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Hall Marks In Construction Material Management: A Literature Review The fast-track approach to design and construction was developed in the early 1960s and became mainstream by the 1970s. “Fast tracking” is generally defined as the compression of the design and/or construction schedule through overlapping of activities or reduction in activity durations (Fazio et al. 1998; Clough and Sears 1991; Williams 1995; Songer et al. 2000). Fast track approaches are not without problems. Fast tracking can often lead to schedule failures and project schedule slippage as the coordination of multiple contracts becomes more complex or when there is not a cooperative environment among the project parties. Due to the reasons sequential method is not suitable for a project to be completed in time. The concurrent method is shown below as Figure.3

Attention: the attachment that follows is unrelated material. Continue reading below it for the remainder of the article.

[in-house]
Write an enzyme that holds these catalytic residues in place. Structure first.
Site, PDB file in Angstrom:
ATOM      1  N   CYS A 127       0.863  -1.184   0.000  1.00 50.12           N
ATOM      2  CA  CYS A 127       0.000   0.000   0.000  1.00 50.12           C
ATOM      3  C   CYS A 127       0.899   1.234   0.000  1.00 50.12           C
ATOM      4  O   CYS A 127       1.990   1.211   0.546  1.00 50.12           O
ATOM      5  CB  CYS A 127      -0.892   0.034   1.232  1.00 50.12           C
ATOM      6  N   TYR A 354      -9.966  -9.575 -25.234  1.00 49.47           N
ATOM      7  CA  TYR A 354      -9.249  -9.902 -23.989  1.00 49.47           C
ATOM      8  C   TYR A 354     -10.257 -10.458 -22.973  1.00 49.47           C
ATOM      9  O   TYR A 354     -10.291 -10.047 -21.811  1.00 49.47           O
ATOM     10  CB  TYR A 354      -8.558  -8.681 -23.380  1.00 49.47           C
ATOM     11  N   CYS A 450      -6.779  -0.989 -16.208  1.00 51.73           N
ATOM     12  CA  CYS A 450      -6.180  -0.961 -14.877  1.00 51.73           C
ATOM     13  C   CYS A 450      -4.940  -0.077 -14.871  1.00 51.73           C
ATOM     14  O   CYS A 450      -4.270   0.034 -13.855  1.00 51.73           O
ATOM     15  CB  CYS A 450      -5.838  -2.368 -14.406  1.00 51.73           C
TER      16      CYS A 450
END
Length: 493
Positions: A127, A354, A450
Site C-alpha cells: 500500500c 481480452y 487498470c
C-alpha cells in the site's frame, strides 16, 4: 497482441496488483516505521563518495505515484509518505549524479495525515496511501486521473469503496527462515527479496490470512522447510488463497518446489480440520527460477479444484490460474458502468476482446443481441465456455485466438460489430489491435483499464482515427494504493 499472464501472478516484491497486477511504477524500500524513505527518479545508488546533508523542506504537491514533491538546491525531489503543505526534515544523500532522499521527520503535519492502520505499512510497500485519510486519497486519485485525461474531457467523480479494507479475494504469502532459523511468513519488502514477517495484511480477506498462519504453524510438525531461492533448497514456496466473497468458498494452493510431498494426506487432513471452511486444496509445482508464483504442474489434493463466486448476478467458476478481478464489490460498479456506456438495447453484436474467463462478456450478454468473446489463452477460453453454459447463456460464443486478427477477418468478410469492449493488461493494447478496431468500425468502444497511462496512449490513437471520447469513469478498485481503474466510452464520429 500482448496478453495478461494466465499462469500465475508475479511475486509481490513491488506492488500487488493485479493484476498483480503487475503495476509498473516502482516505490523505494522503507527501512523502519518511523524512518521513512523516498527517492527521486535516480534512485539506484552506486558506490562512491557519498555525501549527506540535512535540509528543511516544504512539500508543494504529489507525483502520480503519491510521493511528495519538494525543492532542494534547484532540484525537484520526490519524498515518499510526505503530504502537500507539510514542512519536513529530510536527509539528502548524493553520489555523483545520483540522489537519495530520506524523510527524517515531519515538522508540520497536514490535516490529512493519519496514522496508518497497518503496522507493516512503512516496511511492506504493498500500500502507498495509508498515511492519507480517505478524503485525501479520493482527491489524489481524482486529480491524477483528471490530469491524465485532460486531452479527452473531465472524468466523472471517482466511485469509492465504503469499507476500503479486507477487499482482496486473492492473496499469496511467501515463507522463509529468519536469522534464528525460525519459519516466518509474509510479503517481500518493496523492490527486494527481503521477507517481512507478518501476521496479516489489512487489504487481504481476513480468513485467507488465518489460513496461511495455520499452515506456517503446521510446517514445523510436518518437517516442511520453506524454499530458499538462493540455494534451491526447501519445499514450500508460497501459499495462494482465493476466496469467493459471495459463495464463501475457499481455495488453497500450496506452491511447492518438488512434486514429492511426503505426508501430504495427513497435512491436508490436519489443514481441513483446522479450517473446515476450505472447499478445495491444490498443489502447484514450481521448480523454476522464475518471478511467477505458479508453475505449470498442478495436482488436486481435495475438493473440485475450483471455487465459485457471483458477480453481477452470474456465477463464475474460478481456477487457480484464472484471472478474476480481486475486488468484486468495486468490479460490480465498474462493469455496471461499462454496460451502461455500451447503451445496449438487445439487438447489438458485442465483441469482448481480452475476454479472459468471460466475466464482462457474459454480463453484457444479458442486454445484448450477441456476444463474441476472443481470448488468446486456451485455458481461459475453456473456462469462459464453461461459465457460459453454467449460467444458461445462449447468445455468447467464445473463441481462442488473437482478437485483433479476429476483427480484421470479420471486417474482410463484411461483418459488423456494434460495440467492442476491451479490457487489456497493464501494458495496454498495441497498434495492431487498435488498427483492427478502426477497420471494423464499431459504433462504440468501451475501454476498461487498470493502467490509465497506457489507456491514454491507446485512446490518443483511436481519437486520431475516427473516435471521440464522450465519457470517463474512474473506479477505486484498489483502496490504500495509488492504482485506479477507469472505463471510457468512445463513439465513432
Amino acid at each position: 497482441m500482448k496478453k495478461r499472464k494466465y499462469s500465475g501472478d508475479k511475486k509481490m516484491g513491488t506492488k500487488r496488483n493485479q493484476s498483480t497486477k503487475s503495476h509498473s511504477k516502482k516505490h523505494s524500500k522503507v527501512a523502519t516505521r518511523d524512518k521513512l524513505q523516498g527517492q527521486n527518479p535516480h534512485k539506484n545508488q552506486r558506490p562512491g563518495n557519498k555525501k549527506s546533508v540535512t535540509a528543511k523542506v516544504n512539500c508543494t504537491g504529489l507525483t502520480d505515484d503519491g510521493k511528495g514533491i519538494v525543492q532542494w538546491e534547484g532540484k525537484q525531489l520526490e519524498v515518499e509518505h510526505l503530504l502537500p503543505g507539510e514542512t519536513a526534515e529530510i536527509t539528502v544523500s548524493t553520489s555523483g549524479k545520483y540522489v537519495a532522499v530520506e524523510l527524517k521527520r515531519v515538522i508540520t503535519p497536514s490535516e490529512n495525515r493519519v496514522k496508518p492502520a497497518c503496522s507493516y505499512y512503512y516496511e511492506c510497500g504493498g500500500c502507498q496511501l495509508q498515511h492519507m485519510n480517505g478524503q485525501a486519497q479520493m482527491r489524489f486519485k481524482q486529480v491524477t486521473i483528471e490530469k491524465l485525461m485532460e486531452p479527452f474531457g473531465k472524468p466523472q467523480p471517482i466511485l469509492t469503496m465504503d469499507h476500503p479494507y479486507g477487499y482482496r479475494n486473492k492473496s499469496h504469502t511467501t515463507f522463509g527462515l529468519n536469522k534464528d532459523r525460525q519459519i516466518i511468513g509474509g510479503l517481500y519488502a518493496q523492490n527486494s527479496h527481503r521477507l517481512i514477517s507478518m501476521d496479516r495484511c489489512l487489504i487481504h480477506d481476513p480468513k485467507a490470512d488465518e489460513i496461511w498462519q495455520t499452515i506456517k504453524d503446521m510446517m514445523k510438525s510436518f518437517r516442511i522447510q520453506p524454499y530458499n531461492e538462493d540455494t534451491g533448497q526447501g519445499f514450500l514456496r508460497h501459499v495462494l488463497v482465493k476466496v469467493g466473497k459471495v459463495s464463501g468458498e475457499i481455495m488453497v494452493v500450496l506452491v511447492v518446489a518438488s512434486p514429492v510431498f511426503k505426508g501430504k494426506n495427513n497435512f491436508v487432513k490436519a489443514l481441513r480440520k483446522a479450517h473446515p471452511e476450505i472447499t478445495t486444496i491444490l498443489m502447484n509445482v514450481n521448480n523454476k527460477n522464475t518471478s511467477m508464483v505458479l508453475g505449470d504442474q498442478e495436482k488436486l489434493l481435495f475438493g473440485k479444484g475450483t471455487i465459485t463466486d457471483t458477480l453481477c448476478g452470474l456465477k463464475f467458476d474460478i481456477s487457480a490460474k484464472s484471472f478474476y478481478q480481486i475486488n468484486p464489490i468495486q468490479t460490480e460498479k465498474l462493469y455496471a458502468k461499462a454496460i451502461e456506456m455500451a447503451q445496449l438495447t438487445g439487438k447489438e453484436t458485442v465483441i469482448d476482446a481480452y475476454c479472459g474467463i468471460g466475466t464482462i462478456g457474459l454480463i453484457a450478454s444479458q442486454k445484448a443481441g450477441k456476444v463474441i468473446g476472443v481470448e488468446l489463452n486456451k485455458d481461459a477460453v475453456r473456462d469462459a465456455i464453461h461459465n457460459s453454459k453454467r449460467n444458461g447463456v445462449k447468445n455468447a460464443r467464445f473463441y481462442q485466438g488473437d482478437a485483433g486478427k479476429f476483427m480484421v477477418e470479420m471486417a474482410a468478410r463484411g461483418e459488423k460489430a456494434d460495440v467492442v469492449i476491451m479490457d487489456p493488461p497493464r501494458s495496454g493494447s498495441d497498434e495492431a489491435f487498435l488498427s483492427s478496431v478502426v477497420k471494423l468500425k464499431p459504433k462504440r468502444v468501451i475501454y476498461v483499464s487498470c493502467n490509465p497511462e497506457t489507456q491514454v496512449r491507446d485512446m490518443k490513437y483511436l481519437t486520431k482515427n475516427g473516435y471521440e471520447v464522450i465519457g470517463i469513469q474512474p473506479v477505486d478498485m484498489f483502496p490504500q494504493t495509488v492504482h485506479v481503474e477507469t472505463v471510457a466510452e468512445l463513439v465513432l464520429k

1

2 3 Figure 3 Fast track approach. 1. 2. 3.

Owner’s decision Engineering drawing Construction

4.